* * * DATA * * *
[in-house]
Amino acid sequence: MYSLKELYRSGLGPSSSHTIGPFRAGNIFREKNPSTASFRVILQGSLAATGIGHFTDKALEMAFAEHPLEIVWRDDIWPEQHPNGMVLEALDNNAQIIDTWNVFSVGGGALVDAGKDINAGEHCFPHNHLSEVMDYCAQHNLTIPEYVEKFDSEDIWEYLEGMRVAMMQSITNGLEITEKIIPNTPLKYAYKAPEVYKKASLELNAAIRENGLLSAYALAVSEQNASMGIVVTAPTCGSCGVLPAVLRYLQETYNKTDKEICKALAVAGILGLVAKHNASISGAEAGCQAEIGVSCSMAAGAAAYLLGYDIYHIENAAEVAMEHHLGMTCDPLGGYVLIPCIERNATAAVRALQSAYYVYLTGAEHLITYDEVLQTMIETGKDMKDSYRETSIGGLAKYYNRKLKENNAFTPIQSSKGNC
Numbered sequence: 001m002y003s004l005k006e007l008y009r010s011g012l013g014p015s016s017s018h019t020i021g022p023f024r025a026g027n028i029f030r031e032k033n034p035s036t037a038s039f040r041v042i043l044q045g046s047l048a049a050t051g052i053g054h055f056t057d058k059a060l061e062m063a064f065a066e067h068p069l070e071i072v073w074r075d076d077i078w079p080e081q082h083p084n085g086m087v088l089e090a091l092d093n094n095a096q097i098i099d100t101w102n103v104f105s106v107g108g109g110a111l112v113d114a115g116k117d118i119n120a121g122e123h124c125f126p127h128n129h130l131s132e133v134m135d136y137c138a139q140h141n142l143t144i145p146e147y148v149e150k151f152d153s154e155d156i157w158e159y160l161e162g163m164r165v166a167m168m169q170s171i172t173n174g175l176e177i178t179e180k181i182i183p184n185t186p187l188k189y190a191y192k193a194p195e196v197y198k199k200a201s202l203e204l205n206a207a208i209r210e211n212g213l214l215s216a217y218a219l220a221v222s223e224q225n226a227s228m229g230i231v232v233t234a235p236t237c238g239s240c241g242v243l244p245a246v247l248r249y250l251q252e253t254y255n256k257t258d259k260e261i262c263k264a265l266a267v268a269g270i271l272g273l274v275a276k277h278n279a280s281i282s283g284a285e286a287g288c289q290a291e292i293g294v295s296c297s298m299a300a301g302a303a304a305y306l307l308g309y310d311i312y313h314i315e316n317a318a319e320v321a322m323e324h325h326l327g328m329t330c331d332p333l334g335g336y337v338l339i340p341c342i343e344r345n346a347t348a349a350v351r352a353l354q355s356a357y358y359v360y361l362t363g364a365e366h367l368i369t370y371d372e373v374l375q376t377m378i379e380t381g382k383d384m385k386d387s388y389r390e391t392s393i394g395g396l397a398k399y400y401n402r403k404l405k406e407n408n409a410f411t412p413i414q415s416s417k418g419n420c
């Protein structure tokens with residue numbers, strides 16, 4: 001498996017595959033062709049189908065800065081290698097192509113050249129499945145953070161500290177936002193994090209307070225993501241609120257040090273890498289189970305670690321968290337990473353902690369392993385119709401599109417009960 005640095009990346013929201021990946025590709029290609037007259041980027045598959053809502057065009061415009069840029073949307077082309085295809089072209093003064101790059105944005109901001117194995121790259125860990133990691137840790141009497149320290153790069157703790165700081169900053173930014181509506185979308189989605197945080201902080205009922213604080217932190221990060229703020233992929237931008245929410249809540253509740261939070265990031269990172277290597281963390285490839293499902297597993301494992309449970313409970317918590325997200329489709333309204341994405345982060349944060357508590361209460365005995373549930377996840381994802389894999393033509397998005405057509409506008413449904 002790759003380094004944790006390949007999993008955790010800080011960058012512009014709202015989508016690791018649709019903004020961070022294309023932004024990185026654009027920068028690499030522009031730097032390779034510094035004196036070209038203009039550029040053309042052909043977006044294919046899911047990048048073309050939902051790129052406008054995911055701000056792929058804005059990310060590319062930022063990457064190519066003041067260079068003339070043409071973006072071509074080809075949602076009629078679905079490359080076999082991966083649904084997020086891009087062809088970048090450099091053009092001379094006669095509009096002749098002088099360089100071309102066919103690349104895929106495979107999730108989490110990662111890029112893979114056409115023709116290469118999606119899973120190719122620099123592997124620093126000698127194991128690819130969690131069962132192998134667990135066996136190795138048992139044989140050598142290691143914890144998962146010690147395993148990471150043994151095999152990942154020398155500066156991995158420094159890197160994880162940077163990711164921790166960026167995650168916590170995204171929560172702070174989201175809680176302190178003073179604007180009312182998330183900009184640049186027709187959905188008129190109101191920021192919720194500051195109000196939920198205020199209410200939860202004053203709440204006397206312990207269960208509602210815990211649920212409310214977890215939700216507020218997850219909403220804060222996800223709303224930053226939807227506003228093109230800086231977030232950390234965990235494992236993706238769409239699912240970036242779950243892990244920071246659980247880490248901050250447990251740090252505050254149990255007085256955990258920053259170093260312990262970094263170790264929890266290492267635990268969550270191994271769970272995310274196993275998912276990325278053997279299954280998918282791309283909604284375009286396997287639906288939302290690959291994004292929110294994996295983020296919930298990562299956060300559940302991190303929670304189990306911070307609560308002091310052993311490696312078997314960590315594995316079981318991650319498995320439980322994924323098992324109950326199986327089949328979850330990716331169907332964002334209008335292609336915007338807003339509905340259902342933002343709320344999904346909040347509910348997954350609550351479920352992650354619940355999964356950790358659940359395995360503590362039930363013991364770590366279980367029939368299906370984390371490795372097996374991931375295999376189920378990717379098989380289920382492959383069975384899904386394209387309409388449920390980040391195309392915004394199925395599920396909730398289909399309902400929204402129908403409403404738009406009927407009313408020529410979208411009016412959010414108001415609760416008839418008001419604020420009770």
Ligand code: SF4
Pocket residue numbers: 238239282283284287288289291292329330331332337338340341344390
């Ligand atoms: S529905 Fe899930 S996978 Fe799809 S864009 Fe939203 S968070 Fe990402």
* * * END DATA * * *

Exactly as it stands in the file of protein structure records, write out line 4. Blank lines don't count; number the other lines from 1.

């Protein structure tokens with residue numbers, strides 16, 4: 001498996017595959033062709049189908065800065081290698097192509113050249129499945145953070161500290177936002193994090209307070225993501241609120257040090273890498289189970305670690321968290337990473353902690369392993385119709401599109417009960 005640095009990346013929201021990946025590709029290609037007259041980027045598959053809502057065009061415009069840029073949307077082309085295809089072209093003064101790059105944005109901001117194995121790259125860990133990691137840790141009497149320290153790069157703790165700081169900053173930014181509506185979308189989605197945080201902080205009922213604080217932190221990060229703020233992929237931008245929410249809540253509740261939070265990031269990172277290597281963390285490839293499902297597993301494992309449970313409970317918590325997200329489709333309204341994405345982060349944060357508590361209460365005995373549930377996840381994802389894999393033509397998005405057509409506008413449904 002790759003380094004944790006390949007999993008955790010800080011960058012512009014709202015989508016690791018649709019903004020961070022294309023932004024990185026654009027920068028690499030522009031730097032390779034510094035004196036070209038203009039550029040053309042052909043977006044294919046899911047990048048073309050939902051790129052406008054995911055701000056792929058804005059990310060590319062930022063990457064190519066003041067260079068003339070043409071973006072071509074080809075949602076009629078679905079490359080076999082991966083649904084997020086891009087062809088970048090450099091053009092001379094006669095509009096002749098002088099360089100071309102066919103690349104895929106495979107999730108989490110990662111890029112893979114056409115023709116290469118999606119899973120190719122620099123592997124620093126000698127194991128690819130969690131069962132192998134667990135066996136190795138048992139044989140050598142290691143914890144998962146010690147395993148990471150043994151095999152990942154020398155500066156991995158420094159890197160994880162940077163990711164921790166960026167995650168916590170995204171929560172702070174989201175809680176302190178003073179604007180009312182998330183900009184640049186027709187959905188008129190109101191920021192919720194500051195109000196939920198205020199209410200939860202004053203709440204006397206312990207269960208509602210815990211649920212409310214977890215939700216507020218997850219909403220804060222996800223709303224930053226939807227506003228093109230800086231977030232950390234965990235494992236993706238769409239699912240970036242779950243892990244920071246659980247880490248901050250447990251740090252505050254149990255007085256955990258920053259170093260312990262970094263170790264929890266290492267635990268969550270191994271769970272995310274196993275998912276990325278053997279299954280998918282791309283909604284375009286396997287639906288939302290690959291994004292929110294994996295983020296919930298990562299956060300559940302991190303929670304189990306911070307609560308002091310052993311490696312078997314960590315594995316079981318991650319498995320439980322994924323098992324109950326199986327089949328979850330990716331169907332964002334209008335292609336915007338807003339509905340259902342933002343709320344999904346909040347509910348997954350609550351479920352992650354619940355999964356950790358659940359395995360503590362039930363013991364770590366279980367029939368299906370984390371490795372097996374991931375295999376189920378990717379098989380289920382492959383069975384899904386394209387309409388449920390980040391195309392915004394199925395599920396909730398289909399309902400929204402129908403409403404738009406009927407009313408020529410979208411009016412959010414108001415609760416008839418008001419604020420009770």